“We’ve had our say, the handicapper has had his say and we’ll make our decision in due course,” was the nearest thing to a reaction from Tiger Roll’s owner, Michael O’Leary, on Tuesday after the dual Grand National winner was set to carry 11st 9lb, 1lb below top weight, if he attempts a record-equalling third success at Aintree on 10 April. This year’s race revolves around him, but uncertainty about whether Tiger Roll will even be there is likely to continue for several weeks yet.

The comment, from Eddie O’Leary, racing manager for his brother’s Gigginstown Stud, came after Tiger Roll’s was rated on 166 for this year’s National, 7lb higher than for his second win in 2019 and well above the mark “in the 150s” that Michael O’Leary has recently suggested might be required to see him line up. At the same time, though, it is 5lb below Tiger Roll’s rating when he last ran in a British handicap, in a cross-country race at Cheltenham in November, and as low as Martin Greenwood, the handicapper, could realistically go given the 11-year-old’s previous form around Aintree.

Racing fans eager to see Tiger Roll head to Liverpool in April may take it as a positive that Eddie O’Leary, racing manager for his brother’s Gigginstown Stud operation, did not add to the criticism of Tiger Roll’s current rating in recent weeks.

To run in another National, though, Tiger Roll will need to come through one, and possibly two, races beforehand. “We’ll let him go to Cheltenham [for the Cross Country Chase in March],” Eddie O’Leary said, “and we’ll see what happens there. He’s [also] in the Boyne Hurdle [at Navan on Sunday] although I’d say the ground could be too heavy for him.”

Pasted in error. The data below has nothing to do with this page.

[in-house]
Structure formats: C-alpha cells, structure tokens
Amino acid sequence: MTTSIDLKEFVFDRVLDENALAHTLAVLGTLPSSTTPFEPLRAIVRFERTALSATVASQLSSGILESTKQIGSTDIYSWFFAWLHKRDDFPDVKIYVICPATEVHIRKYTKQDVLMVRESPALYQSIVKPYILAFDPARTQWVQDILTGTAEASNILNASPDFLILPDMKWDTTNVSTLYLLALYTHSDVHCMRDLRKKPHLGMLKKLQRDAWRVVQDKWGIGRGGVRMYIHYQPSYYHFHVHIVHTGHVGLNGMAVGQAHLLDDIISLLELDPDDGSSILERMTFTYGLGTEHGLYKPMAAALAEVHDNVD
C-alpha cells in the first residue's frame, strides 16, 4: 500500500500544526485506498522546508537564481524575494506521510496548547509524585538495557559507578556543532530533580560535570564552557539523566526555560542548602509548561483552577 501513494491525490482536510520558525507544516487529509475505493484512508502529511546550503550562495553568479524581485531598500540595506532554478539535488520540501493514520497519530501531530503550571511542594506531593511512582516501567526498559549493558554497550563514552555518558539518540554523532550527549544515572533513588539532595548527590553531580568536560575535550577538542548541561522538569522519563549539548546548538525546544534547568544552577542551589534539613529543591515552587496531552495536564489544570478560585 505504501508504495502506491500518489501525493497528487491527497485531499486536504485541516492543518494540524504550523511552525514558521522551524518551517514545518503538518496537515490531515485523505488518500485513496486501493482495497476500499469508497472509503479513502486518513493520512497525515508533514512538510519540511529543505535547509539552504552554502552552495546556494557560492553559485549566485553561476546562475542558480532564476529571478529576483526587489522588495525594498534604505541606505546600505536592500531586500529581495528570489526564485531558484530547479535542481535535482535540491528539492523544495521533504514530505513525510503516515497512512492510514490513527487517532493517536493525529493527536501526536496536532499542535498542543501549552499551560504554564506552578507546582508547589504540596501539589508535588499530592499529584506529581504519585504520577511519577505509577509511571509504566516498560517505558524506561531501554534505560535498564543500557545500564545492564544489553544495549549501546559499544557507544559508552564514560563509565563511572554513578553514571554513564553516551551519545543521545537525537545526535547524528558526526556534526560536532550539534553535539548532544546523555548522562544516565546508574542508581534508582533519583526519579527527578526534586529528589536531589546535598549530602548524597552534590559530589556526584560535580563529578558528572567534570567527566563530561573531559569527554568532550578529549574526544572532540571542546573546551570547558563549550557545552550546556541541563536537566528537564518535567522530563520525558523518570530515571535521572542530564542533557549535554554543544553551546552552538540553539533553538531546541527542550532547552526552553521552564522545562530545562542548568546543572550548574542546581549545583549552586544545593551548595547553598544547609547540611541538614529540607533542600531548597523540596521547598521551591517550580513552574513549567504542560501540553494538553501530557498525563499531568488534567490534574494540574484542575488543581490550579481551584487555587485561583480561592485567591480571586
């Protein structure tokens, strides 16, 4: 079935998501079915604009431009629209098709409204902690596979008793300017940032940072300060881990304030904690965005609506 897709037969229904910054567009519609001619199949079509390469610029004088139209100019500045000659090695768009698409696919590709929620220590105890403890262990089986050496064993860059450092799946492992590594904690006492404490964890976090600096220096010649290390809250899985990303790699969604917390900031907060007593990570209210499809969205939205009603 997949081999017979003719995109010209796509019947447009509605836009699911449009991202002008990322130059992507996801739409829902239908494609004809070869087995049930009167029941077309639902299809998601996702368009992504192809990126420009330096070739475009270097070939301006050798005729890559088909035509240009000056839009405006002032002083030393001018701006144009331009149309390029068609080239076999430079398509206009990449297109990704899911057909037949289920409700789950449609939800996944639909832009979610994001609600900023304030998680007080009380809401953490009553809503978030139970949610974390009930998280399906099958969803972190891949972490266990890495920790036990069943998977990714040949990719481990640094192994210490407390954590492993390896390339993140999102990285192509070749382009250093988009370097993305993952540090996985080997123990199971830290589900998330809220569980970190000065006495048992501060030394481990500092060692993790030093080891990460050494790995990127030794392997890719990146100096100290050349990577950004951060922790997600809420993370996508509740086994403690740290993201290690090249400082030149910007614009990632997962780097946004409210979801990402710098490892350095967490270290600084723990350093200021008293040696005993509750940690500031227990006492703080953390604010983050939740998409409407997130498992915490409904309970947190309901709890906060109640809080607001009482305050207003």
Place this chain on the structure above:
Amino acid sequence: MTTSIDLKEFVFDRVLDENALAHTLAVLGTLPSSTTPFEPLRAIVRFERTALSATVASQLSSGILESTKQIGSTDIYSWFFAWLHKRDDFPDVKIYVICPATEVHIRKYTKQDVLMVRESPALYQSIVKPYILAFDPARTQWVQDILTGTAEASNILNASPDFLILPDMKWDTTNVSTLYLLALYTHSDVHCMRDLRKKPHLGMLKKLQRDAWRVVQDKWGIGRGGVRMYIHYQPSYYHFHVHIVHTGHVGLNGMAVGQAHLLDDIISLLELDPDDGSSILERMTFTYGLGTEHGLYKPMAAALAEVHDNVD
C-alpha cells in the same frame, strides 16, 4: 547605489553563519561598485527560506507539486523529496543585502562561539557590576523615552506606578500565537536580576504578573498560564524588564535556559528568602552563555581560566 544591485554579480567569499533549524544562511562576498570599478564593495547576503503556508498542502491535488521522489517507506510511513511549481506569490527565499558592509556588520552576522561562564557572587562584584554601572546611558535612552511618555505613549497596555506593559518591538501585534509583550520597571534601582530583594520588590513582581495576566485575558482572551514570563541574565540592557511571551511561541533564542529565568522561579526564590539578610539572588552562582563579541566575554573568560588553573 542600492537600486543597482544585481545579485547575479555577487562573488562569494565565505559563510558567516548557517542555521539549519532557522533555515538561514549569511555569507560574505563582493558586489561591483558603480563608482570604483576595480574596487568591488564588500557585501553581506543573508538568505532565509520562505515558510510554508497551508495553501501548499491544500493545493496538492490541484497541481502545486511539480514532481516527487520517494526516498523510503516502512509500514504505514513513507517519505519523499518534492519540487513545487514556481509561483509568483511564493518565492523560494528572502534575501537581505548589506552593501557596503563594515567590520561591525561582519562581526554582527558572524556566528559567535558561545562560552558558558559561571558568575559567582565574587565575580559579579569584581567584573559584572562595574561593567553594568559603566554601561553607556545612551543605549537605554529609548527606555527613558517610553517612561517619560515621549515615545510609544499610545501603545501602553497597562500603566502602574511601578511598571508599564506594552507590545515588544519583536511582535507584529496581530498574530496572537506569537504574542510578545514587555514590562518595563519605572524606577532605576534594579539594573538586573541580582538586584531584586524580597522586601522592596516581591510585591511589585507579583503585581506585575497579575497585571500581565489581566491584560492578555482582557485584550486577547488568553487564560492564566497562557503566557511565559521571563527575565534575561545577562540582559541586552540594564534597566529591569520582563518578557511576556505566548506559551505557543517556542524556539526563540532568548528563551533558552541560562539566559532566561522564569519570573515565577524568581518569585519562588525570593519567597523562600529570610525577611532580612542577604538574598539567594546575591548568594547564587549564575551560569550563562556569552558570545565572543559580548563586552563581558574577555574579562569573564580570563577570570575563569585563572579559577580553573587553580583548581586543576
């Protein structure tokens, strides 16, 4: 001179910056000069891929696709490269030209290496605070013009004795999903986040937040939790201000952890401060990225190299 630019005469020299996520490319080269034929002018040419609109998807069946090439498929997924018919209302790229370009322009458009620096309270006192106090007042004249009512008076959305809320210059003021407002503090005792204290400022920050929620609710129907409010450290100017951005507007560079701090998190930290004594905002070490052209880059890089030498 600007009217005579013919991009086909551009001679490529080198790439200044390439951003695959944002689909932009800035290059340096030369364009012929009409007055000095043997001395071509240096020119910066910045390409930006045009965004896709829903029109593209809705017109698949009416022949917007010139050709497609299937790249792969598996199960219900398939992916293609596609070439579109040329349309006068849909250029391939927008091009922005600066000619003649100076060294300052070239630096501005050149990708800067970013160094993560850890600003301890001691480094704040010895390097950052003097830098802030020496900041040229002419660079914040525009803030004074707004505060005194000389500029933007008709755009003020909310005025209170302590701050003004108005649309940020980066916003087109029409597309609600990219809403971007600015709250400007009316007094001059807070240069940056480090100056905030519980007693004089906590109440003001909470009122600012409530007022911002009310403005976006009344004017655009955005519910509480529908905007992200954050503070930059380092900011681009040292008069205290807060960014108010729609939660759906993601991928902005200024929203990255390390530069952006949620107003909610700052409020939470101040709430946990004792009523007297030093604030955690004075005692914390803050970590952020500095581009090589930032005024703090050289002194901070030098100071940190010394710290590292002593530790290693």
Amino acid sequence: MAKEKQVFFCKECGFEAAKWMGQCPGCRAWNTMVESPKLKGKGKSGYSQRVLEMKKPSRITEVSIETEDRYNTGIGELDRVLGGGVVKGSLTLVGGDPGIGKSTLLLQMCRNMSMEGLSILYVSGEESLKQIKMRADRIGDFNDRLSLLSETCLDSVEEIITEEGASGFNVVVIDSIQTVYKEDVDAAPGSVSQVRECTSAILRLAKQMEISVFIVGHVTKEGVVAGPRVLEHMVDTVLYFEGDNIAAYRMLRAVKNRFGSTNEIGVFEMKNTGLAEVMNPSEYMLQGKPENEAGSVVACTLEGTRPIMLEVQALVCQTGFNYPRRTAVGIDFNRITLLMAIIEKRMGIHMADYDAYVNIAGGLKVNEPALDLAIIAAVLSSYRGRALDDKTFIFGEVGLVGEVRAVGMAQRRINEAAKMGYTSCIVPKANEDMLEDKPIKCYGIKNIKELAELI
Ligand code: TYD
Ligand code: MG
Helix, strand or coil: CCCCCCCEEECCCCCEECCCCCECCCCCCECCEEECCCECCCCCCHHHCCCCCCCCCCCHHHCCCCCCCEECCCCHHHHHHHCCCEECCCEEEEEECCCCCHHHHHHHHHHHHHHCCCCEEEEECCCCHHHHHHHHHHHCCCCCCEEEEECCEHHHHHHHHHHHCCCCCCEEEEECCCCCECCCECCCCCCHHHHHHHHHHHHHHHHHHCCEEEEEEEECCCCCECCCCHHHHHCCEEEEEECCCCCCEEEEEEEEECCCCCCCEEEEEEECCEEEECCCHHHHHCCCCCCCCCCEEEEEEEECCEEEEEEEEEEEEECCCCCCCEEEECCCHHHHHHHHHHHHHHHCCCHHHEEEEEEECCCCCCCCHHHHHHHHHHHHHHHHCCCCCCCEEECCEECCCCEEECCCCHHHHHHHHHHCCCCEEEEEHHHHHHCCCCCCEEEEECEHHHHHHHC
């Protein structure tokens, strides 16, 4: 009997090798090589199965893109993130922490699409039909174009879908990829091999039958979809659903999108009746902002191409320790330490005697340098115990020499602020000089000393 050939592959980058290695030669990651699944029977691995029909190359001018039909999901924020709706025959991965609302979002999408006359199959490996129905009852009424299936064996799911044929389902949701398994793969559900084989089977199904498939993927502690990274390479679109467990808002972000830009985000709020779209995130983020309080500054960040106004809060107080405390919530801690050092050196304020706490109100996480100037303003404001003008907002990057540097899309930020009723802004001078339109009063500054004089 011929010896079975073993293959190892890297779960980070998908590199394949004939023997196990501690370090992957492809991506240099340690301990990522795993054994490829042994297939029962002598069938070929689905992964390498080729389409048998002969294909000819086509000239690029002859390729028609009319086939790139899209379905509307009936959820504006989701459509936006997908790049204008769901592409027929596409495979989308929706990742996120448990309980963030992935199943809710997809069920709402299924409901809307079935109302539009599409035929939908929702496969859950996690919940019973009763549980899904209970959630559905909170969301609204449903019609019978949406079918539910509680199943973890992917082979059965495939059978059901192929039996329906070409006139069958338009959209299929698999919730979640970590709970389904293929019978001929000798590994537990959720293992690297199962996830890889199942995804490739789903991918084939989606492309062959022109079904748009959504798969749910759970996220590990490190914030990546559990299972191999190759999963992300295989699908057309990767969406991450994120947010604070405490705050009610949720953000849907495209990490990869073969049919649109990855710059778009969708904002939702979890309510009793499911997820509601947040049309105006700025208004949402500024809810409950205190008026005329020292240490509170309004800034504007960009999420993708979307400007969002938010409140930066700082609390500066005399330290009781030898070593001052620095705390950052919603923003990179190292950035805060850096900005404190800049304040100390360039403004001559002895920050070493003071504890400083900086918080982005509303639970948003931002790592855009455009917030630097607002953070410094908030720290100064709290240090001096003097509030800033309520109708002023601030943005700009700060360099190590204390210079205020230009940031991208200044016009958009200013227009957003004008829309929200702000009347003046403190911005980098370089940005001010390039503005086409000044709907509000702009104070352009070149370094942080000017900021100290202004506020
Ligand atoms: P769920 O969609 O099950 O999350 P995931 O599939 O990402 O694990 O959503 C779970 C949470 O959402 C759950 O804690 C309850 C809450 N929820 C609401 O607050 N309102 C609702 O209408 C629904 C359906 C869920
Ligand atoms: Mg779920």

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O’Leary also put the preoccupation with Tiger Roll’s run into context, in the midst of the ongoing pandemic which forced the cancellation of last year’s Grand National. “We’ve 10 horses in there and we’ll set ourselves as they go on,” he said. “Go back to the loss of Rose Paterson [Aintree’s former chair, who died in August] this year, Rose is a bigger loss to Aintree than Tiger Roll or any other horse could be. She’s a desperate loss to Aintree. Tiger Roll, it doesn’t matter [and] we’ll make our own decision in time.”

If Tiger Roll does show enough at Cheltenham to persuade O’Leary to send him to Aintree for a tilt at history, he will almost certainly set off as the clear favourite. Amid the uncertainty over whether he will line up, though, Jonjo O’Neill’s Cloth Cap, an impressive front-running winner of the Ladbrokes Trophy in November, is the early favourite at 16-1, with Tiger Roll, Kimberlite Candy and Burrows Saint next in the list on 20-1.

“I’m training him for the race and I will be keen to run him,” Gordon Elliott, Tiger Roll’s trainer, said on Tuesday. “It will be disappointing for everyone if he doesn’t turn up but as you know, he [O’Leary] makes the decisions.”



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